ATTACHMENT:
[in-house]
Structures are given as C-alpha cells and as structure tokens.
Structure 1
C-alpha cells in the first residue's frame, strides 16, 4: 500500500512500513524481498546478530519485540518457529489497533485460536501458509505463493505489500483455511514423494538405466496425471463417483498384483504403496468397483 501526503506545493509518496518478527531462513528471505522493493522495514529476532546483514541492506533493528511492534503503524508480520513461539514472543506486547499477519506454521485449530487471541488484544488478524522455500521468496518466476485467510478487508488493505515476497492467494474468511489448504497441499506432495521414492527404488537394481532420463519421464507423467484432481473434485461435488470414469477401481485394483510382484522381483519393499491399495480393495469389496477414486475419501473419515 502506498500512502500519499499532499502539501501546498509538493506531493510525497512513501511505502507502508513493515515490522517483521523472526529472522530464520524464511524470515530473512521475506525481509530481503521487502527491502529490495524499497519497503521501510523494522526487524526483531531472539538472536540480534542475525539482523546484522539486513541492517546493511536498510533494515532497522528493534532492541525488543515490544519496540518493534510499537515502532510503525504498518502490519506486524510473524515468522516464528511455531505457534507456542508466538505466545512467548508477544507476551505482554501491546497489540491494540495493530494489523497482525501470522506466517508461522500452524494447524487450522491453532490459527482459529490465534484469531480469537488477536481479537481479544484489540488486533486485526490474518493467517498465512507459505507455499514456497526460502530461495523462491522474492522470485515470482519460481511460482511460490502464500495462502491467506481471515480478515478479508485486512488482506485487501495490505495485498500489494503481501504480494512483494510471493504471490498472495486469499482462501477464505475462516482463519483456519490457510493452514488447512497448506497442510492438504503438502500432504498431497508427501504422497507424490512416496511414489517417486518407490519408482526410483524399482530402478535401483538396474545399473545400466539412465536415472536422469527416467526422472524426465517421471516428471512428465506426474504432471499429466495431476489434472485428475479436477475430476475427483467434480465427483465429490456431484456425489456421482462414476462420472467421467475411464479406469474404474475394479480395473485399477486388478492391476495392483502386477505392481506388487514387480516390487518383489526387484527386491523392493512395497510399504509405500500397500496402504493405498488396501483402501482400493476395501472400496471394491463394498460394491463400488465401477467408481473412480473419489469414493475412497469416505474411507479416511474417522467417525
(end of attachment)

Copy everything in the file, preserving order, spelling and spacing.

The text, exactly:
[in-house]
Structures are given as C-alpha cells and as structure tokens.
Structure 1
C-alpha cells in the first residue's frame, strides 16, 4: 500500500512500513524481498546478530519485540518457529489497533485460536501458509505463493505489500483455511514423494538405466496425471463417483498384483504403496468397483 501526503506545493509518496518478527531462513528471505522493493522495514529476532546483514541492506533493528511492534503503524508480520513461539514472543506486547499477519506454521485449530487471541488484544488478524522455500521468496518466476485467510478487508488493505515476497492467494474468511489448504497441499506432495521414492527404488537394481532420463519421464507423467484432481473434485461435488470414469477401481485394483510382484522381483519393499491399495480393495469389496477414486475419501473419515 502506498500512502500519499499532499502539501501546498509538493506531493510525497512513501511505502507502508513493515515490522517483521523472526529472522530464520524464511524470515530473512521475506525481509530481503521487502527491502529490495524499497519497503521501510523494522526487524526483531531472539538472536540480534542475525539482523546484522539486513541492517546493511536498510533494515532497522528493534532492541525488543515490544519496540518493534510499537515502532510503525504498518502490519506486524510473524515468522516464528511455531505457534507456542508466538505466545512467548508477544507476551505482554501491546497489540491494540495493530494489523497482525501470522506466517508461522500452524494447524487450522491453532490459527482459529490465534484469531480469537488477536481479537481479544484489540488486533486485526490474518493467517498465512507459505507455499514456497526460502530461495523462491522474492522470485515470482519460481511460482511460490502464500495462502491467506481471515480478515478479508485486512488482506485487501495490505495485498500489494503481501504480494512483494510471493504471490498472495486469499482462501477464505475462516482463519483456519490457510493452514488447512497448506497442510492438504503438502500432504498431497508427501504422497507424490512416496511414489517417486518407490519408482526410483524399482530402478535401483538396474545399473545400466539412465536415472536422469527416467526422472524426465517421471516428471512428465506426474504432471499429466495431476489434472485428475479436477475430476475427483467434480465427483465429490456431484456425489456421482462414476462420472467421467475411464479406469474404474475394479480395473485399477486388478492391476495392483502386477505392481506388487514387480516390487518383489526387484527386491523392493512395497510399504509405500500397500496402504493405498488396501483402501482400493476395501472400496471394491463394498460394491463400488465401477467408481473412480473419489469414493475412497469416505474411507479416511474417522467417525